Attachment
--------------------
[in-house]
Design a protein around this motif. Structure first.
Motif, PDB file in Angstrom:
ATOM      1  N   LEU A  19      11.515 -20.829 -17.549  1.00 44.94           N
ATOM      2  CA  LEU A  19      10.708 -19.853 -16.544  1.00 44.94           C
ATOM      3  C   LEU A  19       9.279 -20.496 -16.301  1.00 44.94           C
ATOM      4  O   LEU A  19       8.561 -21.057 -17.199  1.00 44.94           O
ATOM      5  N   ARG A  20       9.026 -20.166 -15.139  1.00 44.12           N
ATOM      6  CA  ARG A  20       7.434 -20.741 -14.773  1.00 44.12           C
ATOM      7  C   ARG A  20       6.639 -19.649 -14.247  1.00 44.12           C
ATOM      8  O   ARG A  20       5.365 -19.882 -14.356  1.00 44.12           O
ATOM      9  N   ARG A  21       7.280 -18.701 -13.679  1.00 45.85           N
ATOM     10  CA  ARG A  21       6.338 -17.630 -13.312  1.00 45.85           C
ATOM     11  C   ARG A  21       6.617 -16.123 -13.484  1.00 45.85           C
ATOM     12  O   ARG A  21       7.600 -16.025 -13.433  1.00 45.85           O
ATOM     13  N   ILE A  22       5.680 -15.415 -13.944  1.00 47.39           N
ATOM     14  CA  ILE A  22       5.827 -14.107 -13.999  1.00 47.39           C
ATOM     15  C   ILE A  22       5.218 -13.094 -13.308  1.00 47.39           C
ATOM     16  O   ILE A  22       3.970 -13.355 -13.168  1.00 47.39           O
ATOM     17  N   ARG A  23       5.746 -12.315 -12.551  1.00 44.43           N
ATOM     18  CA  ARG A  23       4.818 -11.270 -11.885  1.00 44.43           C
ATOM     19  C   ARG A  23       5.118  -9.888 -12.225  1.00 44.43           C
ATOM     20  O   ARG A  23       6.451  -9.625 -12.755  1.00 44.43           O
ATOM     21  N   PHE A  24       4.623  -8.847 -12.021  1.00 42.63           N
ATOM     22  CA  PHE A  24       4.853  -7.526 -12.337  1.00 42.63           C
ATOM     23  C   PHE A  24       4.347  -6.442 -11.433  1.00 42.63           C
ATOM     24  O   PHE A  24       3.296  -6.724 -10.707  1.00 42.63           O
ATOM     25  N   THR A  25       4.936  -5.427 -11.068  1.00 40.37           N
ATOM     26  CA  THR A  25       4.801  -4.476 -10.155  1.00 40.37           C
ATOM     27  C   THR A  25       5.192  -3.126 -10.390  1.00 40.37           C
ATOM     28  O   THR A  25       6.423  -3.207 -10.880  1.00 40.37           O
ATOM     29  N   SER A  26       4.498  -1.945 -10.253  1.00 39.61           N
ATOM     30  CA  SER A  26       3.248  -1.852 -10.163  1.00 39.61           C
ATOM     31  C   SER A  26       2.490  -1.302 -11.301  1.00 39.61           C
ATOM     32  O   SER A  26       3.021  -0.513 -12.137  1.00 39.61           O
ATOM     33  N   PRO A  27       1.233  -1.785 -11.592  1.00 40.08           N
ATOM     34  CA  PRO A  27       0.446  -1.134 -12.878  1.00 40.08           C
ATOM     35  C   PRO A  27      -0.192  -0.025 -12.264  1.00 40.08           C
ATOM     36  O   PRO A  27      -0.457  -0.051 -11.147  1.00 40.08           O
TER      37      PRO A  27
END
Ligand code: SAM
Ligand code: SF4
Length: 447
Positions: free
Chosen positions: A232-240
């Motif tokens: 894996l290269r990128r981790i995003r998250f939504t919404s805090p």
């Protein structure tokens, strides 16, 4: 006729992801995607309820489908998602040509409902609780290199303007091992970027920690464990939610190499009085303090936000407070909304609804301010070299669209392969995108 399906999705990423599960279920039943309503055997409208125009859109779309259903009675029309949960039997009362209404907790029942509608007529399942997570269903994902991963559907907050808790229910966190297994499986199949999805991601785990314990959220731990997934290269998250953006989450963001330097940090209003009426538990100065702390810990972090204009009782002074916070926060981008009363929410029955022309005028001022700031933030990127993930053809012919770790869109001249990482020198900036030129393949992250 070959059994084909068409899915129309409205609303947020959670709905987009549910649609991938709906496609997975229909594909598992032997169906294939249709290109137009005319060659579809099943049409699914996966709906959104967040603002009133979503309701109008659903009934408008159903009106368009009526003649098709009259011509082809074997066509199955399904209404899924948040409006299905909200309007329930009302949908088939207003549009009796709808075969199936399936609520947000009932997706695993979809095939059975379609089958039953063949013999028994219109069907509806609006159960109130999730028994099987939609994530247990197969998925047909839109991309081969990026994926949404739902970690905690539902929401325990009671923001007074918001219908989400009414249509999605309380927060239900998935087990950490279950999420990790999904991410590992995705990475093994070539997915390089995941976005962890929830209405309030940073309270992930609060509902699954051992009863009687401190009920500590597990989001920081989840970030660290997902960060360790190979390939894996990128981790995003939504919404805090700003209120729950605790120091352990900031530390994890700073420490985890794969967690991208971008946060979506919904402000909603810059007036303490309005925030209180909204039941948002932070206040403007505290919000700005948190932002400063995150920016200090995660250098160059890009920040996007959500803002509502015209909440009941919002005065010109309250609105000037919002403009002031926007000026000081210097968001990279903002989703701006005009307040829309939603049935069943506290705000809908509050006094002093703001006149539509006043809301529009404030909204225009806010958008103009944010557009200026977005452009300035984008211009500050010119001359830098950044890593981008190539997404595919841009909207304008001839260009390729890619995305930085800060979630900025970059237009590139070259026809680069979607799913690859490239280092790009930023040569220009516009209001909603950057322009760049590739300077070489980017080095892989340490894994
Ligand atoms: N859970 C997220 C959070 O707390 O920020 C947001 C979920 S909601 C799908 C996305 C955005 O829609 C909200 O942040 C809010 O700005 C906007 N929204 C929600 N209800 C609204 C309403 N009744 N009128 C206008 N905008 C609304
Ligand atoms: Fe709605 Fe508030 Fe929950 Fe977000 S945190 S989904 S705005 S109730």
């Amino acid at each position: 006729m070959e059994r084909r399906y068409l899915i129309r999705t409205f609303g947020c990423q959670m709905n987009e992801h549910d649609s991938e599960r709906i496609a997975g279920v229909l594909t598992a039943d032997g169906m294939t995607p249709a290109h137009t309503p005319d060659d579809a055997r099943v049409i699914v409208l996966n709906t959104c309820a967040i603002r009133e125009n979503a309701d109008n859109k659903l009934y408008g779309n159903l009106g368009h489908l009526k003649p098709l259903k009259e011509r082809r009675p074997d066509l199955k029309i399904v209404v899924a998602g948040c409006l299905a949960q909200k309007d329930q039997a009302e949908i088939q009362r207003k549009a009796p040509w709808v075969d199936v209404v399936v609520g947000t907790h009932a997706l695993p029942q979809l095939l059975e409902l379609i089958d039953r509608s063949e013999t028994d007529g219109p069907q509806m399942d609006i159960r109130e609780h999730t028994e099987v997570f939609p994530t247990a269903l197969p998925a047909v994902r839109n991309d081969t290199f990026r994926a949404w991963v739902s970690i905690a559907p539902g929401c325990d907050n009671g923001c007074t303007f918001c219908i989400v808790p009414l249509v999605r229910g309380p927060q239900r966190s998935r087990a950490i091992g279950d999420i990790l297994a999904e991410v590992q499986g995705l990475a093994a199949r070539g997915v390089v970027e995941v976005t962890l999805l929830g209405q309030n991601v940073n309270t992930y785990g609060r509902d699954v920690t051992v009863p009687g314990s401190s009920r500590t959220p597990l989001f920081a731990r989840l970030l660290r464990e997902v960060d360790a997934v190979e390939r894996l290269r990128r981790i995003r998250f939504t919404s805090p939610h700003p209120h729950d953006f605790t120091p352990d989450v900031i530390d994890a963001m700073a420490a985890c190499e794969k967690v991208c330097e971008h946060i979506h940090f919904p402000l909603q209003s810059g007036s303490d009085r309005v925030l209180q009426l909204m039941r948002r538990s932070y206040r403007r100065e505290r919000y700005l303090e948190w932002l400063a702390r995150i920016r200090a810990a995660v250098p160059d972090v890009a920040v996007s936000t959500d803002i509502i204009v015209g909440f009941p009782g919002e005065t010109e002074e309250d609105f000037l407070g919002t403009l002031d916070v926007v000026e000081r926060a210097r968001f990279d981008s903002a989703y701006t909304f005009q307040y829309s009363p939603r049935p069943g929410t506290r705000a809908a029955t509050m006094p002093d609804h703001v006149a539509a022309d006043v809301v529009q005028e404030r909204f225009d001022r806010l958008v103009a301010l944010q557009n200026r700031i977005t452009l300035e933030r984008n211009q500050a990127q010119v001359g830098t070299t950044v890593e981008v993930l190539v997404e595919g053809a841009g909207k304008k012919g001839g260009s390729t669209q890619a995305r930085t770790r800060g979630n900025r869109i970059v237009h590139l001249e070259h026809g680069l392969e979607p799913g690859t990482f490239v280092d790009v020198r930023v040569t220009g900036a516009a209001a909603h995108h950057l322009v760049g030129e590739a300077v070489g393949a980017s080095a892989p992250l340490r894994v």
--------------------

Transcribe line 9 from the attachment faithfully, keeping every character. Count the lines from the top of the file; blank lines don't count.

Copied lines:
ATOM      6  CA  ARG A  20       7.434 -20.741 -14.773  1.00 44.12           C